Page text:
**Guess-½-of-Average
Sealed-Bid Lottery (Version #1 for Homework #5)**

**1)
***n *bidders
as players: 1,2,…, n for **a large n (say n > 10000)**

2) For
each player *i*,
the set of strategies **StrategySet_{i}**

3) Rules of the lottery:

a)
Each player*
i* submit his/her bid b* _{i
}*in a sealed envelope to the auction. No one other than
player

b)
After all the players submit their bids to the
auction, the auctioneer opens the envelopes and calculates ½ of the average of
all the submitted numbers. **The winner is
the player whose number b_{i
}_{ }is closest
to the ½ of the average**

c)
**Note
about ties**: To make it simple, the auctioneer attaches **arbitrarily** small distinct epsilons (as fixed distinct IDs
associated with the payers as described in Homework 4A and Homework 4B) to the bids
of the players. In other words, all strategy sets **StrategySet_{i}‘**

4) Strategy
profile: The strategy profile of the auction outcome is simply the vector <
b* _{1}*, b

5) The
happiness payoffs: For each player *i*, the **payoff is
simply the amount of money rewarded by the lottery.**

6) Pay-off
functions: For each player *i*, the pay-off
function π_{i}* _{ }*(b

**Questions**:

1. For
a player *i*,
does 127 (as a strategy) weakly dominate 128?
If so, prove it. If not, give a scenario of b-_{i}* _{ }*in which the payoff of the
strategy profile (b

2. For
a player *i*,
does 126 (as a strategy) weakly dominate 127?
If so, prove it. If not, give a scenario in which the payoff of the
strategy profile (b* _{i}*=127,
b-

3. For
a player *i*,
does 64 (as a strategy) weakly dominate 65?
If so, prove it. If not, give a scenario in which the payoff of the
strategy profile (b* _{i}*=65,
b-

4. For
a player *i*,
does 63 (as a strategy) weakly dominate 64?
If so, prove it. If not, give a scenario in which the payoff of the strategy
profile (b* _{i}*=64, b-

5. For
a player *i*,
does 62 (as a strategy) weakly dominate 63?
If so, prove it. If not, give a scenario in which the payoff of the
strategy profile (b* _{i}*=63,
b-

6. For
each player *i*,
does 1 (as a strategy) weakly dominate all other strategies? If so, prove it.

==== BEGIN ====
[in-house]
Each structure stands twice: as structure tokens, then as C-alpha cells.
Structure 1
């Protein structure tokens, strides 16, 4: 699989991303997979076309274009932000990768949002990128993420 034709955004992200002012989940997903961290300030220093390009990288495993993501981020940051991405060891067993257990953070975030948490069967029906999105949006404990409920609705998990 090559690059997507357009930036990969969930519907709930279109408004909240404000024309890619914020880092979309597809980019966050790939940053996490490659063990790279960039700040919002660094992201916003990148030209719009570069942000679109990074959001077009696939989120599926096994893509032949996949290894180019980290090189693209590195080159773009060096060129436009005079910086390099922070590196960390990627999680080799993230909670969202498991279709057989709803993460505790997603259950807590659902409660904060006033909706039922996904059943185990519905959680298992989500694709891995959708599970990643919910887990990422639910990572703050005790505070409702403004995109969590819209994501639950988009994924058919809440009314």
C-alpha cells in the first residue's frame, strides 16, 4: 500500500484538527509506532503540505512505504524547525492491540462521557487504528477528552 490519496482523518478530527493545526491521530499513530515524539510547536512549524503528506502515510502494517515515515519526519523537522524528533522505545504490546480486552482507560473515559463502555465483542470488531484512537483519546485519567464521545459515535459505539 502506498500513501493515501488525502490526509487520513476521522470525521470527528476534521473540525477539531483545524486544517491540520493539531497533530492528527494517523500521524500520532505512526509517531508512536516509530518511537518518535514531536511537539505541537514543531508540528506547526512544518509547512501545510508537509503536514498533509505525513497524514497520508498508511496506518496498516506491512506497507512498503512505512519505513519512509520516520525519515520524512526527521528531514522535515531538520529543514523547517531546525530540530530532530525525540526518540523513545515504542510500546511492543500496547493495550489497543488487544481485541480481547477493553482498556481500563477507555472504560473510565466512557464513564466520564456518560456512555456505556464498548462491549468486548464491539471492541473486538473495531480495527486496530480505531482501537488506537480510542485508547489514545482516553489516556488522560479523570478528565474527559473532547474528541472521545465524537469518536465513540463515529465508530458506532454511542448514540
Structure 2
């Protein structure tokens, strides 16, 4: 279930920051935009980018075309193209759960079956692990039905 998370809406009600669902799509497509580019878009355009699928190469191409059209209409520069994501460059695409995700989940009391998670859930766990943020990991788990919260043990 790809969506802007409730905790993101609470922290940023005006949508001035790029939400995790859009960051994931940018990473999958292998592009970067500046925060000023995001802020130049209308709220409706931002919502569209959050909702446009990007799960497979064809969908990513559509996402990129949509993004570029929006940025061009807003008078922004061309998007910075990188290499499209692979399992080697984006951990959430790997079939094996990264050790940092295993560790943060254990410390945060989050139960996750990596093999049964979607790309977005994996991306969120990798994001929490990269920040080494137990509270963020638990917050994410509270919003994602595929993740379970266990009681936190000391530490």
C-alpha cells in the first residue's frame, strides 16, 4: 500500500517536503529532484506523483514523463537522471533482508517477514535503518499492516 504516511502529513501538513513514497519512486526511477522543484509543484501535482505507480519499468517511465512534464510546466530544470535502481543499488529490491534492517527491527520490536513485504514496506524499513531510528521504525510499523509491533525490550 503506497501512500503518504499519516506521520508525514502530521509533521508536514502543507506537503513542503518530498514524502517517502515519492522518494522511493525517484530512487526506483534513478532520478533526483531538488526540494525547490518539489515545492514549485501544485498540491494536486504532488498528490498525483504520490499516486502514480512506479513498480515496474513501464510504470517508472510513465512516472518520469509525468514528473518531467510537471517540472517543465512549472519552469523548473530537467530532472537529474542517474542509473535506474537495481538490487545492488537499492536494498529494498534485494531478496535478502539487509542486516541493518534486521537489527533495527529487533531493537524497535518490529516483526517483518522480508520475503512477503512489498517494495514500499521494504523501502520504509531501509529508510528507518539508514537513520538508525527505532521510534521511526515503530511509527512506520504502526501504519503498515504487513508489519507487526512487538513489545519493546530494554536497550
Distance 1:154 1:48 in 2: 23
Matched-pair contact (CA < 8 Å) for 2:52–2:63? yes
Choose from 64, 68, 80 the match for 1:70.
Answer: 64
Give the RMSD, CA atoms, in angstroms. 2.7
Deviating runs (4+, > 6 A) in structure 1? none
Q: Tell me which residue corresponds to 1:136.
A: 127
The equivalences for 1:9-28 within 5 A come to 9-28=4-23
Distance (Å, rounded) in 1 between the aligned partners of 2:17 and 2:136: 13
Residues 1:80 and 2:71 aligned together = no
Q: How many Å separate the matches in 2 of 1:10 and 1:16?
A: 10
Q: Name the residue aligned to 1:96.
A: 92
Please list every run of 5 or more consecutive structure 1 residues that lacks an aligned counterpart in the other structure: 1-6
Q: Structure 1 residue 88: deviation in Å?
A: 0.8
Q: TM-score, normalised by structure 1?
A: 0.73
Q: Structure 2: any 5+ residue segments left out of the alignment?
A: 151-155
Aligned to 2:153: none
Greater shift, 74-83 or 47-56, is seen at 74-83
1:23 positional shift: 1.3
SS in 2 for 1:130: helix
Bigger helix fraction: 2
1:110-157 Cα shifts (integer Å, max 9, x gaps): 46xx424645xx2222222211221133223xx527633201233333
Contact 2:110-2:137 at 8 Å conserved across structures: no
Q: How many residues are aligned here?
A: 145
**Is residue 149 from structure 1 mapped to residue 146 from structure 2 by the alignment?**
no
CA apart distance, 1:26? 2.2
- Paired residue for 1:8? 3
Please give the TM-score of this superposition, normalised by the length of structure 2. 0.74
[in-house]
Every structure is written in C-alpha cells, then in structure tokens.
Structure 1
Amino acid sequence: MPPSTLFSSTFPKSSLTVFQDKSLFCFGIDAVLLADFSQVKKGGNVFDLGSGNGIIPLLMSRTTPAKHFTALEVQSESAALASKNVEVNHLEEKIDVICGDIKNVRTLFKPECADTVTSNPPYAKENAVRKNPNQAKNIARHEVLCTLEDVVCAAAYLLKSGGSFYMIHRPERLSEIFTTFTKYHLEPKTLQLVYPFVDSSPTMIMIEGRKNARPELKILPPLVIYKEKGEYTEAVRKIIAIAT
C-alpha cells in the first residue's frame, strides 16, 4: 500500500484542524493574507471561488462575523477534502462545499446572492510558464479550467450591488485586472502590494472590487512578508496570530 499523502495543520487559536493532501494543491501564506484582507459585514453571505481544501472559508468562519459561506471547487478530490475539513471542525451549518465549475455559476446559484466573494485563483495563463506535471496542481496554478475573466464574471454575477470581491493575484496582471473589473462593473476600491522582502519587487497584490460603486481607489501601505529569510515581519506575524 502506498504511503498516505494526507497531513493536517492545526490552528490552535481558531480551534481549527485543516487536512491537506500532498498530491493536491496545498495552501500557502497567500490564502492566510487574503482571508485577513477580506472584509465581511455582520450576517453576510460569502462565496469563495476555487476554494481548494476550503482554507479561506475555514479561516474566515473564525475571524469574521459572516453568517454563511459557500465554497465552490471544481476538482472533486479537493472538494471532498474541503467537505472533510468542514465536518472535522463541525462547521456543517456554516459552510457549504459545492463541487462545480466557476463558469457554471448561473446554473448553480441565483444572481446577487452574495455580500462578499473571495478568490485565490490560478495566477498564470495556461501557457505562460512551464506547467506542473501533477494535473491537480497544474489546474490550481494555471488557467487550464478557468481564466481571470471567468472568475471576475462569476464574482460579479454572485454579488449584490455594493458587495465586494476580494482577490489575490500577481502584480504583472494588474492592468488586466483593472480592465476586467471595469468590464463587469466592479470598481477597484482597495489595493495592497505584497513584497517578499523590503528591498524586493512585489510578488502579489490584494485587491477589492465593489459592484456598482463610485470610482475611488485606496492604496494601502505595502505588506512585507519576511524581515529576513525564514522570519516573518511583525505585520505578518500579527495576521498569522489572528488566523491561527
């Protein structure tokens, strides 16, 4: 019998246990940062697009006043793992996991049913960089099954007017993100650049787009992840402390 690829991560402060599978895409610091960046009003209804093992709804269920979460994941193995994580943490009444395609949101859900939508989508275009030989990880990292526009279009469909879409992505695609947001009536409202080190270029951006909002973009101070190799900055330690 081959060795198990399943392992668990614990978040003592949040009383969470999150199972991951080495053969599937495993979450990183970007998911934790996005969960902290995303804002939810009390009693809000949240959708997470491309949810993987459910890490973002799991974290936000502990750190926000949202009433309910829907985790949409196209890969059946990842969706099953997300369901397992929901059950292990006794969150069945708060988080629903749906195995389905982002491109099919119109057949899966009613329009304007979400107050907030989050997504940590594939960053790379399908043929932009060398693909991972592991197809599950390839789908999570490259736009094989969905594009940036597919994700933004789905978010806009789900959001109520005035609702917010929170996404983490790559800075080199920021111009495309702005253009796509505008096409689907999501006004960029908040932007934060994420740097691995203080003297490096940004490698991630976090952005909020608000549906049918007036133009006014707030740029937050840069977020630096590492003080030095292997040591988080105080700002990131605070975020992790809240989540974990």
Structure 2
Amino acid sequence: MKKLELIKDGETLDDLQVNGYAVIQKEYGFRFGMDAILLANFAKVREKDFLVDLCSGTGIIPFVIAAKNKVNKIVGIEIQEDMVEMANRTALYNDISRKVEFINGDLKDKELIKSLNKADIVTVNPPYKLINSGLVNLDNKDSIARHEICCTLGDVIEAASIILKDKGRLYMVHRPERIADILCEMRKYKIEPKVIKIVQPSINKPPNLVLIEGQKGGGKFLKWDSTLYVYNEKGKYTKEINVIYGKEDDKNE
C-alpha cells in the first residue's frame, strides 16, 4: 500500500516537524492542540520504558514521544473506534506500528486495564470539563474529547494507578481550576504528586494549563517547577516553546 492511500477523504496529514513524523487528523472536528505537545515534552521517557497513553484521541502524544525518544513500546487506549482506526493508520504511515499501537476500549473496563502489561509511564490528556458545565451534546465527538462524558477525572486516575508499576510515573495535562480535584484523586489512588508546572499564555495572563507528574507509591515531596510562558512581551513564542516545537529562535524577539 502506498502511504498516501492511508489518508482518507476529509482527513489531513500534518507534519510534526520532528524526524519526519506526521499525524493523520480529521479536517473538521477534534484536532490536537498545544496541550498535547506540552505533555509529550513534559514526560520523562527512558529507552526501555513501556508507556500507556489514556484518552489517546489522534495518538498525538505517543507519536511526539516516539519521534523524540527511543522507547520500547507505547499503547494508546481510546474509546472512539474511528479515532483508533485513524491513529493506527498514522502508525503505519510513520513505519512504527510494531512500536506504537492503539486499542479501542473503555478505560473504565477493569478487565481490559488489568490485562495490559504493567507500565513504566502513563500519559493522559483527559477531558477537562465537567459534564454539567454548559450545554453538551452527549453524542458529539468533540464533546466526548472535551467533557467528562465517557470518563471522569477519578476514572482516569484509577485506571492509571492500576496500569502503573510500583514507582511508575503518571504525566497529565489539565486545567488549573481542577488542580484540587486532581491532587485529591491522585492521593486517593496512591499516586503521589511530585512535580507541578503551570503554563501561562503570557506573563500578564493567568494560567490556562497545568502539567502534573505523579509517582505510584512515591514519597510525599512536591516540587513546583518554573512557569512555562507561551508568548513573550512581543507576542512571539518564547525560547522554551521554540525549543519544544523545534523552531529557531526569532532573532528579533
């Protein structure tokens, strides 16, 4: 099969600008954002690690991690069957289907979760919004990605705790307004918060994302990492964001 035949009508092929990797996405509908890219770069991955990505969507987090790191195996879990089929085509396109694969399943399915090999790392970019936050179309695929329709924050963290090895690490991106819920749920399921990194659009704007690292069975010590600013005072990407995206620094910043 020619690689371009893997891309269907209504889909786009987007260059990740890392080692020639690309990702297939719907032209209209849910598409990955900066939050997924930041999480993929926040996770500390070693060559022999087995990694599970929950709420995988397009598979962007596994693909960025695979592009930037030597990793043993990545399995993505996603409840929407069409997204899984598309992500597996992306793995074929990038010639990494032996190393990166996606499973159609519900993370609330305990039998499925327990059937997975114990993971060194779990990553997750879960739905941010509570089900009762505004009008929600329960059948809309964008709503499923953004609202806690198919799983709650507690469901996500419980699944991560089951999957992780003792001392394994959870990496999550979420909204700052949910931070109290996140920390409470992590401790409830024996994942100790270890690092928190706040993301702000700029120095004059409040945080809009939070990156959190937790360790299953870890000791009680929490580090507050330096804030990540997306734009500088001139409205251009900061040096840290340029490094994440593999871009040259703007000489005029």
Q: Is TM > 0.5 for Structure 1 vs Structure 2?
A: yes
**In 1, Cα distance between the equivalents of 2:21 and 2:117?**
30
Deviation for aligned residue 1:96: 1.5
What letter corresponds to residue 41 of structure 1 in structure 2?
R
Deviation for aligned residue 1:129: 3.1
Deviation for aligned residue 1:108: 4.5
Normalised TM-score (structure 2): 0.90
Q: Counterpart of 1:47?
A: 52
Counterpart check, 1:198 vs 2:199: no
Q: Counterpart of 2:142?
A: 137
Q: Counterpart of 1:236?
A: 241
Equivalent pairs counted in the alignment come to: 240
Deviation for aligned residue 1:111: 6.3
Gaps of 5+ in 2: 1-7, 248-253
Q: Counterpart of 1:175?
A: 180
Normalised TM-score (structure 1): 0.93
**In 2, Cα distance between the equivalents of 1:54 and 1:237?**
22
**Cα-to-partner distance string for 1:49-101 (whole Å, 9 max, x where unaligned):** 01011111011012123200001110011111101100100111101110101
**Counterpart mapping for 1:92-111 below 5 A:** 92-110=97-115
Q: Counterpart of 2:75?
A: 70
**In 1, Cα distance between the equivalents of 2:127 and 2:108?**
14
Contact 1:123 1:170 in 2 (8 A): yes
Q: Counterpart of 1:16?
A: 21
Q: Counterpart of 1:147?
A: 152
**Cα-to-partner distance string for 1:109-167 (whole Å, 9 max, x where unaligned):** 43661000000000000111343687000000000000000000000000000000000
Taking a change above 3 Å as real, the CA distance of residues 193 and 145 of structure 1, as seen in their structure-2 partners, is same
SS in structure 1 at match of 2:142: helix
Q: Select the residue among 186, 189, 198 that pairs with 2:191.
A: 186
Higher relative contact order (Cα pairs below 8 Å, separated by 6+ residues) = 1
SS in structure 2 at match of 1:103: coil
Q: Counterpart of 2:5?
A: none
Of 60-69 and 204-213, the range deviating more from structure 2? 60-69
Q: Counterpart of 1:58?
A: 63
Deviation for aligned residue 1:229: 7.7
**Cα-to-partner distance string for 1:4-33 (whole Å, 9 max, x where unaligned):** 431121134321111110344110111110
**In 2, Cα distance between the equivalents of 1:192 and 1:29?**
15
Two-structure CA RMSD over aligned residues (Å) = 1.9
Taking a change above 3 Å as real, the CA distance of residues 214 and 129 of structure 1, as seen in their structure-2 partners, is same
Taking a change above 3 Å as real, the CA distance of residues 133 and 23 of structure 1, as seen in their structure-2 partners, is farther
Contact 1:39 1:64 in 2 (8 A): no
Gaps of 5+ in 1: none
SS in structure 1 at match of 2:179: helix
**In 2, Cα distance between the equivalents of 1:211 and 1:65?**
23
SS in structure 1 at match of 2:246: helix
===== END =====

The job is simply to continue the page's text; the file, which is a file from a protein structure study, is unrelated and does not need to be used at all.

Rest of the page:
If not, give a scenario in which the payoff of the strategy profile (b* _{i}*=1, b-

7. For
each player *i*,
is there a strategy that weakly dominates all other strategies? If so, prove
it. If not, explain why not.

8. For
each player *i*,
what are the weakly dominated strategies (i.e. each of them is weakly dominated
by at least one other strategy)? Are there reasons that a rational player may
want to use any of these weakly dominated strategies?

9. **After the reasoning above, a rational
player has an understanding about dominated strategies as “bad ideas” to avoid
and may assume other rational players have the same understanding. If the
players then repeat a similar process of reasoning from #1 to #8 again and
again, what eventually would their strategy (strategies) be for the lottery**?

10. Think
about #9 above again in the context of #1 and #2 in the summary of chapter 4 of *Strategies and Games: Theory and Practice.* Is there an** IEDS** solution
for the *Guess-½-of-Average
Sealed-Bid Lottery*? If so, what is the **IEDS** solution?

**Guess-½-of-Average
Sealed-Bid Lottery (Version #2)**

**In this version, the award for the winner in the lottery game is
changed from (128 – b_{i}) to
b_{i}
instead. **

What would happen to your answers
above? (No need to answer them in the Homework just do it as an exercise on
your own.)

[1]
To ensure the reward is non-negative, the reward for the winner actually should
be **(maximum of the epsilons) + 128 - b_{i }_{ }**depending on the